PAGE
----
Time and costs warning over hopes for viaduct restoration

A VIADUCT spanning a West Yorkshire valley could be restored to its former glory – but the project could take years and be costly, a council has warned.

Kirklees Council would like to see improvement works to Cleckheaton Viaduct, a Grade II listed structure which was built to provide gently graded access to the former railway station on the opposite side of the Spen Valley from Cleckheaton town centre.

It passed into the ownership of Kirklees Council as a result of a purchase notice following a refusal of permission for it to be demolished.

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According to Gordon Biddle’s book, Britain’s Historic Railway Buildings, the viaduct is unique in that it is probably the largest “side bridge” (one not carrying an actual railway track) ever built in England.

But Kirklees Council has warned that money needs to be found to secure its long-term future.

A report for members of the Spen Valley Committee warns that the viaduct’s substructure of steel shows evidence of rusting and its long-term preservation requires full cleaning of all metalwork, repainting and renovation of all rainwater features, as well as long-term permanent strengthening, tree removal and repairs to the parapets.

Although the approaches to the viaduct have become overgrown, leaving only a fairly narrow track, it is regularly used by the public to cross the valley.

In 2007 the estimated cost of restoring the viaduct was £600,000, of which £200,000 was for the scaffolding alone.

The council report says that an arts project about the bridge could be a way of kick-starting some serious renovation work.

Councillors are being urged to back a £30,000 Heritage Lottery application for a “full community arts project” about the viaduct.

A possible way of doing this would be through the Mikron Theatre Company which could work with the community to research the viaduct’s history, design, build and impact,

“They would use performance art, songwriting and creative writing to develop and deliver an artisic legacy,” the report says.

Other activities could include a website, video archive, short film and a live theatre performance.

Submitting a Heritage Lottery Fund application would cost the council about £1,500, which could involve input from Mikron.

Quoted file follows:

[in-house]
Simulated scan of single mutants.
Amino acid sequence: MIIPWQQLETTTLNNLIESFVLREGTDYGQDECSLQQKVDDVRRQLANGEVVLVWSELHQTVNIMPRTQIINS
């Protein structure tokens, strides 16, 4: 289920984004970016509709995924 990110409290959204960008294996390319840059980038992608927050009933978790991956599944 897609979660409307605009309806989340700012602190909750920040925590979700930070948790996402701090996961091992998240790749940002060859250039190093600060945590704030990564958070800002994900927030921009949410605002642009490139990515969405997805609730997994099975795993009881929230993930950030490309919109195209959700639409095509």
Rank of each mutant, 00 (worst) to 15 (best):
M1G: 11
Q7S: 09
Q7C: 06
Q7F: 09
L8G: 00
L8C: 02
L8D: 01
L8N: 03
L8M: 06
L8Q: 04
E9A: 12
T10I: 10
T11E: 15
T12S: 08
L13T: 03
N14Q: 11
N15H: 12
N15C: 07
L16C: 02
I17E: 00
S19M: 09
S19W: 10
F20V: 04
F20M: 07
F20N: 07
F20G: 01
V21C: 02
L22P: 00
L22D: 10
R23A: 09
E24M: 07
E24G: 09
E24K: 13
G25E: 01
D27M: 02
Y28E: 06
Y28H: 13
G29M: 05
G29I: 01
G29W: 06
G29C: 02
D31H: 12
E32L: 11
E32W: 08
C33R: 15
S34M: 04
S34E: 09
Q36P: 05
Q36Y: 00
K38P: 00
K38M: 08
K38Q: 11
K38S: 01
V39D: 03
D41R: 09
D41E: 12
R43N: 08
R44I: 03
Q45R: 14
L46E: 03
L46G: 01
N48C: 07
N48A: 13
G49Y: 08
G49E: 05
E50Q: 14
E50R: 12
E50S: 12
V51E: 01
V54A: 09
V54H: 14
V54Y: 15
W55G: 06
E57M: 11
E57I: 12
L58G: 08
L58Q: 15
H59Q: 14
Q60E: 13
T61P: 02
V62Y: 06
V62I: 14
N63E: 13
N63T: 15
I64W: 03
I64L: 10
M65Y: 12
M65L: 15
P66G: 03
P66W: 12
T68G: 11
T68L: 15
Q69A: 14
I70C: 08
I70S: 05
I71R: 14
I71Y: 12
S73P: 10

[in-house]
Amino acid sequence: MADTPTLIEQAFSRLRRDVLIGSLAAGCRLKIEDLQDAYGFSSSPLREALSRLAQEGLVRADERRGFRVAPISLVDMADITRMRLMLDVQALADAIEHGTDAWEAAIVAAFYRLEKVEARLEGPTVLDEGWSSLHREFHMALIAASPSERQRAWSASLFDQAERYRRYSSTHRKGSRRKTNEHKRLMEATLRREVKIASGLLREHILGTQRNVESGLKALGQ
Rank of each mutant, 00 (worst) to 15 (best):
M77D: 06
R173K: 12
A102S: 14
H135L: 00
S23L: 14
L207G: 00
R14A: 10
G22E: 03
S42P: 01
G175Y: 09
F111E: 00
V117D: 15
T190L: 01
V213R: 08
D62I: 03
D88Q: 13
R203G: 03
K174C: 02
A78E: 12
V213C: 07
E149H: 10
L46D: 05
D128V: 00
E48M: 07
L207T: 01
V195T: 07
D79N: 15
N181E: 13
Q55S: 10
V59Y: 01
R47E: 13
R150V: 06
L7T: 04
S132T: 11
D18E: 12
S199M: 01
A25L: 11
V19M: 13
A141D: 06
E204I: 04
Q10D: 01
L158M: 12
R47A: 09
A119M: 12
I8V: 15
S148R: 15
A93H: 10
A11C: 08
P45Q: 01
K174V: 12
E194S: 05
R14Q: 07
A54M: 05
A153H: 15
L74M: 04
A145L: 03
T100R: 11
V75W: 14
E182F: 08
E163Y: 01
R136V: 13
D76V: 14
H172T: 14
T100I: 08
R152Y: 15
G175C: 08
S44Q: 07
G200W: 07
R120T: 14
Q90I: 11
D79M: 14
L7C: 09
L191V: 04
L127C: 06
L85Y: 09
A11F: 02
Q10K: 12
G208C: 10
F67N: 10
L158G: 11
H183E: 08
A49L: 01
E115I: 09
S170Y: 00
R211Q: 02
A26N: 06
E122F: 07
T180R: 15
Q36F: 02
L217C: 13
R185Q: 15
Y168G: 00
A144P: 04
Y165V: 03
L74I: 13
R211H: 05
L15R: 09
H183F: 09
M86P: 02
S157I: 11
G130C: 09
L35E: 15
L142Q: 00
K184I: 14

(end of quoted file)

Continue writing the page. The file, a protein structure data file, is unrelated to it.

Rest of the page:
A partnership agreement could be negotiated with River Spen Action Group and the council with need to establish that the project has public support.

The council says a “strong bid needs a high level of community involvement with education and information being provided to raise awareness ahead of any large bid in the future”.

The report adds: “If successful this piece of work would be an important first step towards a much larger bid for funding for the full restoration of the viaduct.

“It is important to recognise that as the viaduct is a Kirklees Council asset, there are a number of obligations that the council has with regard to its maintenance.

“As the condition of the viaduct deteriorates there will be health and safety issues both from falling elements onto people below and even for the passage of people over the top.

“In addition, the Grade II listed status of the viaduct carries repair obligations that could be difficult to divest, given the reason that we acquired the structure in the first instance was as a consequence of the council’s refusal to allow demolition by the former owner.”

The council’s next steps are to:

Unite relevant parties to make an application for an arts grant from the Heritage Lottery Fund;

Hand over project management and financial monitoring to another organisation;

Report to the Spen Valley Committee at regular intervals;

Ensure suitable publicity.

Members of the Spen Valley Committee are to discuss the proposals in the report at a meeting at Cleckheaton Town Hall tomorrow.